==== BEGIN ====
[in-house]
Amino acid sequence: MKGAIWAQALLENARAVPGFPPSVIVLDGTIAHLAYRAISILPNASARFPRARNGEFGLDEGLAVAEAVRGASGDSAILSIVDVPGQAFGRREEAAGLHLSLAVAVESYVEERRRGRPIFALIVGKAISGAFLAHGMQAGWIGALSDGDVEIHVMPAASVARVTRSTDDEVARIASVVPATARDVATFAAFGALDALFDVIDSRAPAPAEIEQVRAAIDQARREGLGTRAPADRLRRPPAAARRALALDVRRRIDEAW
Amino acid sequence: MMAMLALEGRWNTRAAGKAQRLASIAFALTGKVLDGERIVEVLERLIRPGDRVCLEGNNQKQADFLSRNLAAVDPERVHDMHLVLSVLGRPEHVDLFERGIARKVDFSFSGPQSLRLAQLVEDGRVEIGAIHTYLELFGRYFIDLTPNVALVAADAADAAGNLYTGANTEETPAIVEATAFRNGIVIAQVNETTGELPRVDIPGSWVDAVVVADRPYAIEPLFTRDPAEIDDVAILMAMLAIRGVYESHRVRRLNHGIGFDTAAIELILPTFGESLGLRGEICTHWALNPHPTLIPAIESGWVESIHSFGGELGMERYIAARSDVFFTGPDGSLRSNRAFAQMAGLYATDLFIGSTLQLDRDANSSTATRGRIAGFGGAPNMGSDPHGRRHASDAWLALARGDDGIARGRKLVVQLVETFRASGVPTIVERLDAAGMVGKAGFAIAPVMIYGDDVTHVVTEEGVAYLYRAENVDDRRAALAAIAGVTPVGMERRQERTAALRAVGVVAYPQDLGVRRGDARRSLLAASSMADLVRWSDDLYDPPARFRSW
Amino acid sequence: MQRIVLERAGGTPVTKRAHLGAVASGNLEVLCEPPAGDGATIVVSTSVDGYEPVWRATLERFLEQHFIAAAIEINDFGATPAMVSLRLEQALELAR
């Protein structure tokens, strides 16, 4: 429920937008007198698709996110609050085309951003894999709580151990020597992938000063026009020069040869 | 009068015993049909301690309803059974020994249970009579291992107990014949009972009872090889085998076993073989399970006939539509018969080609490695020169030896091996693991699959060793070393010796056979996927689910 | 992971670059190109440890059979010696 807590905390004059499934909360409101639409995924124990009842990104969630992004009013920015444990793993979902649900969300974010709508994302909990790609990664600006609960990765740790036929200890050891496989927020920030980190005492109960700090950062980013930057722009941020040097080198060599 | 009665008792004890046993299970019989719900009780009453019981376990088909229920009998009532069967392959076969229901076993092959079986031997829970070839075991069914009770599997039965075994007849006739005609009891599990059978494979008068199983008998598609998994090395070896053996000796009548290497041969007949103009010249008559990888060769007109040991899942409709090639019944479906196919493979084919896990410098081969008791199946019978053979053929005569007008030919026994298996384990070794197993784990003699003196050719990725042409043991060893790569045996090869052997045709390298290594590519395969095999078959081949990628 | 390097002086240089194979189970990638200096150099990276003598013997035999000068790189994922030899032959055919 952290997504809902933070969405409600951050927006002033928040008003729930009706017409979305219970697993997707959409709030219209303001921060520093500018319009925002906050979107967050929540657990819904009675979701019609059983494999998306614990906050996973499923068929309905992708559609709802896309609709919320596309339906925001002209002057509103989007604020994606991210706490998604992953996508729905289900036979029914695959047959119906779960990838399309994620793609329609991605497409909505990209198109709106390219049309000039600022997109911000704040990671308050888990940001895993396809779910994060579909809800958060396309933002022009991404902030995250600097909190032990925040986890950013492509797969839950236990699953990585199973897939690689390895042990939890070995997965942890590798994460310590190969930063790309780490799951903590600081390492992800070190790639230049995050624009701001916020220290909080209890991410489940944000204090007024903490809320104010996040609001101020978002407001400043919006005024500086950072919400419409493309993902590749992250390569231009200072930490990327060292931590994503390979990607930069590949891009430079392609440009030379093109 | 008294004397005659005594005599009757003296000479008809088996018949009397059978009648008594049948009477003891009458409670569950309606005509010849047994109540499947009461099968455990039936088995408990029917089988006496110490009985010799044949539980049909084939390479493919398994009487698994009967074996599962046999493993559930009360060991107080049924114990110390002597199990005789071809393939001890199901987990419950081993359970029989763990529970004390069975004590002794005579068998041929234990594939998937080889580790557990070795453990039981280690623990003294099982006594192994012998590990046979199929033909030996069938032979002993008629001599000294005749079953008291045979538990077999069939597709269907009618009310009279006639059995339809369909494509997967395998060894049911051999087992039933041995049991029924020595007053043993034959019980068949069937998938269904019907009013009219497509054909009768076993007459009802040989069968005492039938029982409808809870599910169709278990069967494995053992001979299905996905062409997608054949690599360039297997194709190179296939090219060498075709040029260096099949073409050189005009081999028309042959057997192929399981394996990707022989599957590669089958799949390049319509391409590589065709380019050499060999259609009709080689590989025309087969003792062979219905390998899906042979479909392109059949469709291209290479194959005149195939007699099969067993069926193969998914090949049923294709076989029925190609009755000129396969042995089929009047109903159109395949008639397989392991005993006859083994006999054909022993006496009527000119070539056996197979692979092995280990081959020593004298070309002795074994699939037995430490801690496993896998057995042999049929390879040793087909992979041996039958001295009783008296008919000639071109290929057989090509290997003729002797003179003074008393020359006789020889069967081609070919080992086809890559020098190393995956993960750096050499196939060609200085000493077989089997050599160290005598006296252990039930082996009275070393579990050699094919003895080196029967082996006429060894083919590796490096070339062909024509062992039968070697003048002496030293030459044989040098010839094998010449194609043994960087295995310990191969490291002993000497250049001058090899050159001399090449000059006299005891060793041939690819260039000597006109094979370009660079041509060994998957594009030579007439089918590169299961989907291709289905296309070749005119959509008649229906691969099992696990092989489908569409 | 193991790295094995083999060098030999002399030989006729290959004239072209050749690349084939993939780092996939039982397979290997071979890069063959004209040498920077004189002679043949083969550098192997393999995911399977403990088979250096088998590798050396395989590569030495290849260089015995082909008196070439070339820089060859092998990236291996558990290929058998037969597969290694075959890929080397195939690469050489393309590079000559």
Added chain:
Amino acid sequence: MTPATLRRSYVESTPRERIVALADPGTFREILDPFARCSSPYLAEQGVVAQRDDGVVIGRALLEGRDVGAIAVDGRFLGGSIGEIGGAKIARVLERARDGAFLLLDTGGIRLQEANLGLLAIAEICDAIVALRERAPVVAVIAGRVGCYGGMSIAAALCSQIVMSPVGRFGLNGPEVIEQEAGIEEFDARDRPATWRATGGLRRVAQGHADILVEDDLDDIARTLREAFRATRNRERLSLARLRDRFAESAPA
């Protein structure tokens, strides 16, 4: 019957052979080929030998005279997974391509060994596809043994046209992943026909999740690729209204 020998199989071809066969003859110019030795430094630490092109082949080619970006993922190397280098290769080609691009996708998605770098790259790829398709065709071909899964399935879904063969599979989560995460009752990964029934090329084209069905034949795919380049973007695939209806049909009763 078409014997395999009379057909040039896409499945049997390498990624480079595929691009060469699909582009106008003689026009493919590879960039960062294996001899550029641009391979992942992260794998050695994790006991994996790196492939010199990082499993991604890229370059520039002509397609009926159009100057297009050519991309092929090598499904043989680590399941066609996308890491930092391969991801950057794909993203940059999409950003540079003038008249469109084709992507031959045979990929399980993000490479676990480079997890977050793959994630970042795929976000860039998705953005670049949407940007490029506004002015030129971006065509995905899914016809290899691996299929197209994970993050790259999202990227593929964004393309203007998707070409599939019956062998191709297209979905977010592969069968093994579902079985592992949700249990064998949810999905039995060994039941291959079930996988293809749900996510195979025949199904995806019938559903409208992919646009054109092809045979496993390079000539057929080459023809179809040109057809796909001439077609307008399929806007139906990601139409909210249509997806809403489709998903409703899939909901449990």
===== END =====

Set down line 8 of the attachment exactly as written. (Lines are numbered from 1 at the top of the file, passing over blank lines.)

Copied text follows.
């Protein structure tokens, strides 16, 4: 019957052979080929030998005279997974391509060994596809043994046209992943026909999740690729209204 020998199989071809066969003859110019030795430094630490092109082949080619970006993922190397280098290769080609691009996708998605770098790259790829398709065709071909899964399935879904063969599979989560995460009752990964029934090329084209069905034949795919380049973007695939209806049909009763 078409014997395999009379057909040039896409499945049997390498990624480079595929691009060469699909582009106008003689026009493919590879960039960062294996001899550029641009391979992942992260794998050695994790006991994996790196492939010199990082499993991604890229370059520039002509397609009926159009100057297009050519991309092929090598499904043989680590399941066609996308890491930092391969991801950057794909993203940059999409950003540079003038008249469109084709992507031959045979990929399980993000490479676990480079997890977050793959994630970042795929976000860039998705953005670049949407940007490029506004002015030129971006065509995905899914016809290899691996299929197209994970993050790259999202990227593929964004393309203007998707070409599939019956062998191709297209979905977010592969069968093994579902079985592992949700249990064998949810999905039995060994039941291959079930996988293809749900996510195979025949199904995806019938559903409208992919646009054109092809045979496993390079000539057929080459023809179809040109057809796909001439077609307008399929806007139906990601139409909210249509997806809403489709998903409703899939909901449990």